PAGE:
I also had to give a presentation ( i prepared a powerpoint with bullet points). I started with two very general slides (why is the topic important, and timeliness of research). Then one slide about the aims, followed by originality novelty and contribution to knowledge. Then I talked about the methodology- very fast just a flow diagramme (my methodology was two big chapters, so I had to just mention the basic things I did). I concluded with two slides on main findings and implications. My PhD was super-duper multidisciplinary, so I am not sure how I would describe my area, possibly social science? Maybe someone from your discipline can give better advice.

Thread: The stigma of failing - implications for future study/employment

posted
19-Mar-15, 16:56
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posted about 4 years ago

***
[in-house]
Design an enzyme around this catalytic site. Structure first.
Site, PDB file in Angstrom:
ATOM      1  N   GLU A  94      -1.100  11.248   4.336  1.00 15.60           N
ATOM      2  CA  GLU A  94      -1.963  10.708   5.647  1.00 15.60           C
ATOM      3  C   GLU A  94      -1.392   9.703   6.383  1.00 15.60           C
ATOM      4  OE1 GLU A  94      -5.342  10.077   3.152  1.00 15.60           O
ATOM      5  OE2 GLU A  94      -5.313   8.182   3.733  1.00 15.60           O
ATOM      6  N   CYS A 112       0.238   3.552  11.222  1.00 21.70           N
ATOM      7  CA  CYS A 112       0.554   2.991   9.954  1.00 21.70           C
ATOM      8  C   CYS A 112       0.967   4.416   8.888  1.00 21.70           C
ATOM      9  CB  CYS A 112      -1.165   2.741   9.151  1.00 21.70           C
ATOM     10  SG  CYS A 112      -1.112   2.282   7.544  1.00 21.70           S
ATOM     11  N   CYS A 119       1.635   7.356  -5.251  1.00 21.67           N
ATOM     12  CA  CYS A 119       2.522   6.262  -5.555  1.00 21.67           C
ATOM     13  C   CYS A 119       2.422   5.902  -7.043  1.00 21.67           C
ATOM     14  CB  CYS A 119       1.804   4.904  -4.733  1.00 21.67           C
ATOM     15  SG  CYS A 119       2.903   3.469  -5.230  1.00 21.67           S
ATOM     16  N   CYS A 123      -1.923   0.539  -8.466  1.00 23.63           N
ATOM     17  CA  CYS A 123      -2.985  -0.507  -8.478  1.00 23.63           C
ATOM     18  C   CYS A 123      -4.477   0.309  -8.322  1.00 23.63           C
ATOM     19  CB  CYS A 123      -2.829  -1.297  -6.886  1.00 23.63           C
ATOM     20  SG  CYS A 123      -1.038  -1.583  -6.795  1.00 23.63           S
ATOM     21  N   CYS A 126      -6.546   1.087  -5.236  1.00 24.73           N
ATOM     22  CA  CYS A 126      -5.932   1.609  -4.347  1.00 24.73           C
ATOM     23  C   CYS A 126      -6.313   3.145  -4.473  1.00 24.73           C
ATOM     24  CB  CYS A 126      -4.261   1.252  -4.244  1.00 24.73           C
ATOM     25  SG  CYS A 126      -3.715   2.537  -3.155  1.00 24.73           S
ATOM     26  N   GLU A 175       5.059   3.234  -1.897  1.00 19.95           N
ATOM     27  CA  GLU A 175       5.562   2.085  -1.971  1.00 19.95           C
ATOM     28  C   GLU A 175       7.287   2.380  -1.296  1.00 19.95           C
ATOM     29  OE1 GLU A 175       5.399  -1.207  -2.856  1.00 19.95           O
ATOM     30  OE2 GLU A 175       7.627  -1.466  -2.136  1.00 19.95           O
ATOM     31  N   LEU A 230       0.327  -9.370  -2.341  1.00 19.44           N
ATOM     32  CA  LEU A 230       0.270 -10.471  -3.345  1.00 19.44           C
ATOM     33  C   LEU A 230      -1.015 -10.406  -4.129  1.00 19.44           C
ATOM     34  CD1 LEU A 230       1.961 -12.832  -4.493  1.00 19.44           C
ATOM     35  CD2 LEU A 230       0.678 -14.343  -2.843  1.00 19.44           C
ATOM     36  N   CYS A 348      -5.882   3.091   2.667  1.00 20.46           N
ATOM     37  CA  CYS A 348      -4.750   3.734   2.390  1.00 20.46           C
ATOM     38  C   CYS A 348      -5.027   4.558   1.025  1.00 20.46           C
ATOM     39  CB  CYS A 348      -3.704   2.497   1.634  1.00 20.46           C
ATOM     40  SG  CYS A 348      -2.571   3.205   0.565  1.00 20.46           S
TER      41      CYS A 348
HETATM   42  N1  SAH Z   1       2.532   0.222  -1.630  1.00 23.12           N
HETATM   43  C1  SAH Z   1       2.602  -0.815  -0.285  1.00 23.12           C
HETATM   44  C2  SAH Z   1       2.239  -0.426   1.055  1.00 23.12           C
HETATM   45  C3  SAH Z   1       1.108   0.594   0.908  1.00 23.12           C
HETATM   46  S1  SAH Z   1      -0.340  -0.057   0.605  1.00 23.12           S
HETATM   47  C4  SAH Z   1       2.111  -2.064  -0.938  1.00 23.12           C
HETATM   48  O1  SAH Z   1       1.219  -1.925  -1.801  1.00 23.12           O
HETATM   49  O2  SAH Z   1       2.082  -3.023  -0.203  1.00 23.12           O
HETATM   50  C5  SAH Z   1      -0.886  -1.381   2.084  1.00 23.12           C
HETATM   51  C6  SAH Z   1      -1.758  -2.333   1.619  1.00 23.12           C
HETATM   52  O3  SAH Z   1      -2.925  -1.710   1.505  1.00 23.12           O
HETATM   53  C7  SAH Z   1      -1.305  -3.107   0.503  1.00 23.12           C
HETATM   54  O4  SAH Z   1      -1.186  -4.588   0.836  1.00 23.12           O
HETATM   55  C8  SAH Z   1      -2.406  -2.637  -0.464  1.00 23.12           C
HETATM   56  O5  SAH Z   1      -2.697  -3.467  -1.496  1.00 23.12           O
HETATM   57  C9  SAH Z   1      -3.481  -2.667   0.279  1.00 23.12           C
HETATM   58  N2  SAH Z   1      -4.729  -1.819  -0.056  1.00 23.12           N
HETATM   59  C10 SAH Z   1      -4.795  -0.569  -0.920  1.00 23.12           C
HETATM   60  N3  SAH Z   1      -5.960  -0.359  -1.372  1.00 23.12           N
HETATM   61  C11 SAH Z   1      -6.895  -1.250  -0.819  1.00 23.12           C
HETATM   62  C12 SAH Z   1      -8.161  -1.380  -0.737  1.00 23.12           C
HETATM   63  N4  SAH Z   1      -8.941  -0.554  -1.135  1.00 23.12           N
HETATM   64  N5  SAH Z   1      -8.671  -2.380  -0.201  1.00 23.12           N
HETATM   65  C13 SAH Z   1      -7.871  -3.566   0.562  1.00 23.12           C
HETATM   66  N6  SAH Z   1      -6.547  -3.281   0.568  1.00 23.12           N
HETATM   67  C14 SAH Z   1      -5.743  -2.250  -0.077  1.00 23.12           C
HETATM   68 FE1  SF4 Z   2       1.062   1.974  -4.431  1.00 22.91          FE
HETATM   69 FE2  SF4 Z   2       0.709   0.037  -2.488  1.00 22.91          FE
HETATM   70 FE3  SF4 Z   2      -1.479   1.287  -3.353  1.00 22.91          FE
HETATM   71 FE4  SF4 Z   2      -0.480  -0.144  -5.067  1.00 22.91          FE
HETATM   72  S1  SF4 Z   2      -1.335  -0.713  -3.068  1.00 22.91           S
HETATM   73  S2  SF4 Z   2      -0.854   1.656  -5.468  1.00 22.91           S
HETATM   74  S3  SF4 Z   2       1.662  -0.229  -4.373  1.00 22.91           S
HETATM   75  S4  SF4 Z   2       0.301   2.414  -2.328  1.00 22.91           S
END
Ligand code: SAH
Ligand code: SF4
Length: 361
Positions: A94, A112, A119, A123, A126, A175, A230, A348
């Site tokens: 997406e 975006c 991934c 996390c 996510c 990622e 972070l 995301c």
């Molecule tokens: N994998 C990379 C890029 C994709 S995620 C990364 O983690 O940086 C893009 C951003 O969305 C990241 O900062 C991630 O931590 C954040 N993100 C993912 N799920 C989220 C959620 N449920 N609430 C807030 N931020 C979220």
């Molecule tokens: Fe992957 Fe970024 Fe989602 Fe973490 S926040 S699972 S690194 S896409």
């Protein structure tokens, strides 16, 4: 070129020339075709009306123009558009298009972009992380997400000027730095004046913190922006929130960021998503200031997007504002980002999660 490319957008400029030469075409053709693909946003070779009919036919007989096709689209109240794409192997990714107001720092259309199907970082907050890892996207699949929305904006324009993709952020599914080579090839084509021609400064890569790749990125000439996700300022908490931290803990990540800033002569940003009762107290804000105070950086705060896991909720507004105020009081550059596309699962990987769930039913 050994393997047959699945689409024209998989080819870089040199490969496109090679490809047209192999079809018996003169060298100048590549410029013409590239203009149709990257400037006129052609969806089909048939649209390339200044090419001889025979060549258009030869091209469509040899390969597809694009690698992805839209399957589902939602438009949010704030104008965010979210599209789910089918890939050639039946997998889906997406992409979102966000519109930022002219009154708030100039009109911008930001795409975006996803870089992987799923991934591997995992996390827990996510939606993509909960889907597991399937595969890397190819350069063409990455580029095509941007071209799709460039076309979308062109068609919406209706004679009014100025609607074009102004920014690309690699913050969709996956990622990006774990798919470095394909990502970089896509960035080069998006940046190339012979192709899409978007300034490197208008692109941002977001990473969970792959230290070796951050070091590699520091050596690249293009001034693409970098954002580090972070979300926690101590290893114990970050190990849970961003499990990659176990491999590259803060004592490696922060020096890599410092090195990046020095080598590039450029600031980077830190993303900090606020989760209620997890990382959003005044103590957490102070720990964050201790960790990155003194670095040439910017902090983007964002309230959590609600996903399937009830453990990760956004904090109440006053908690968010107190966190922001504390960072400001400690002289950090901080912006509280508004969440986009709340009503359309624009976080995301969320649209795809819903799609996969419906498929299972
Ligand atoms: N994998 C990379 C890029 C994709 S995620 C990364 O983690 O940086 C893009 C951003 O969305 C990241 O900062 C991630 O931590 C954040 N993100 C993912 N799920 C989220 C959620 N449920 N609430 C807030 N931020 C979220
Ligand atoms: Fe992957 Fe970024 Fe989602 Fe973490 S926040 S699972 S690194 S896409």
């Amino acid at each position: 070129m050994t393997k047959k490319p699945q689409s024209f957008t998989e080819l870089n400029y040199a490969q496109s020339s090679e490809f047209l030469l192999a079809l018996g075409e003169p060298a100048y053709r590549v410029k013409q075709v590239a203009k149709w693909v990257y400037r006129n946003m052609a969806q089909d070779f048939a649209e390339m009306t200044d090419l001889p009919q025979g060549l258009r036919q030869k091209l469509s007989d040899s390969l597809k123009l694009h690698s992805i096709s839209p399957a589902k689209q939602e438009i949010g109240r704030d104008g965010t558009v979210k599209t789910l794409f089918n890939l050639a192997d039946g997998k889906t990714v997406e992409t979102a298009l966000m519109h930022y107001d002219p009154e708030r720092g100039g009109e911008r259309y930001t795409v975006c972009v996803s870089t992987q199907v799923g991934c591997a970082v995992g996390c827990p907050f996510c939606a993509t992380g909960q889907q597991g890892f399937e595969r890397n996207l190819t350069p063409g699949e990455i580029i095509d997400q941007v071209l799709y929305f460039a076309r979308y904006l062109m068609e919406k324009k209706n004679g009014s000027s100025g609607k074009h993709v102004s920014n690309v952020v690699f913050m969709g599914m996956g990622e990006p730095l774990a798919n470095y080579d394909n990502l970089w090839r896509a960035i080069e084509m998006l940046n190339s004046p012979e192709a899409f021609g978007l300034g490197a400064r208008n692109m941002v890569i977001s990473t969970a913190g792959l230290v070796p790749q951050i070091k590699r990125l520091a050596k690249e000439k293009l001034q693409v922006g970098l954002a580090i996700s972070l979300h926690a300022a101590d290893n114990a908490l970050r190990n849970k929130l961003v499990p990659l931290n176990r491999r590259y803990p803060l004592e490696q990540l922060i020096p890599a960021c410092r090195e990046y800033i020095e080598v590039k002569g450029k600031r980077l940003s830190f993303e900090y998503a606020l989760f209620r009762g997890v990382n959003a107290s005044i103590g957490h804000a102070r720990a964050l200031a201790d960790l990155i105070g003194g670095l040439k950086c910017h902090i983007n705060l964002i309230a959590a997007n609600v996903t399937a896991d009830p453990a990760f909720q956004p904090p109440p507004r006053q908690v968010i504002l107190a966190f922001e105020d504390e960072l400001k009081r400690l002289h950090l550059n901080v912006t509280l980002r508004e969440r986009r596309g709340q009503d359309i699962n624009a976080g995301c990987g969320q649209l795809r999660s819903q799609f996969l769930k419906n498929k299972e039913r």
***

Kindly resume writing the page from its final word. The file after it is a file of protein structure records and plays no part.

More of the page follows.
I wouldn't think it is a big deal, don't mention the PhD at all, put it in your CV as an RA post, which is not far from the truth.

Good luck

Thread: Redoing Literature Review again and again

posted
19-Mar-15, 16:52
Avatar for DrJeckyll
posted about 4 years ago
It would help if you have a clear structure.

Also, summarise the studies in tables, it is easier to compare and you don't have to describe each study. A lit review is one of the hardest chapters to write well, I was probably working on it for a good 9 months...

Thread: Is a 20,000 word chapter too long?

posted
19-Mar-15, 16:45
edited about 12 seconds later
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posted about 4 years ago
I would say it is too long.

If a PhD is 6 main chapters plus introduction and conclusion, then each main chapter should be around 10.000 words (did a science PhD, maybe it is different in other disciplines). I broke my methodology into two chapters of 10K.

Thread: should I say in my university for Phd???

posted
16-Mar-15, 17:07
edited about 4 seconds later
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posted about 4 years ago
My priorities would be:

1. Funding
2. A supervisor I enjoy working with (regardless of fame status and titles)
3. A topic I am interested in (but generally you grow to love your PhD)
4. The location of the university
...maybe some other points...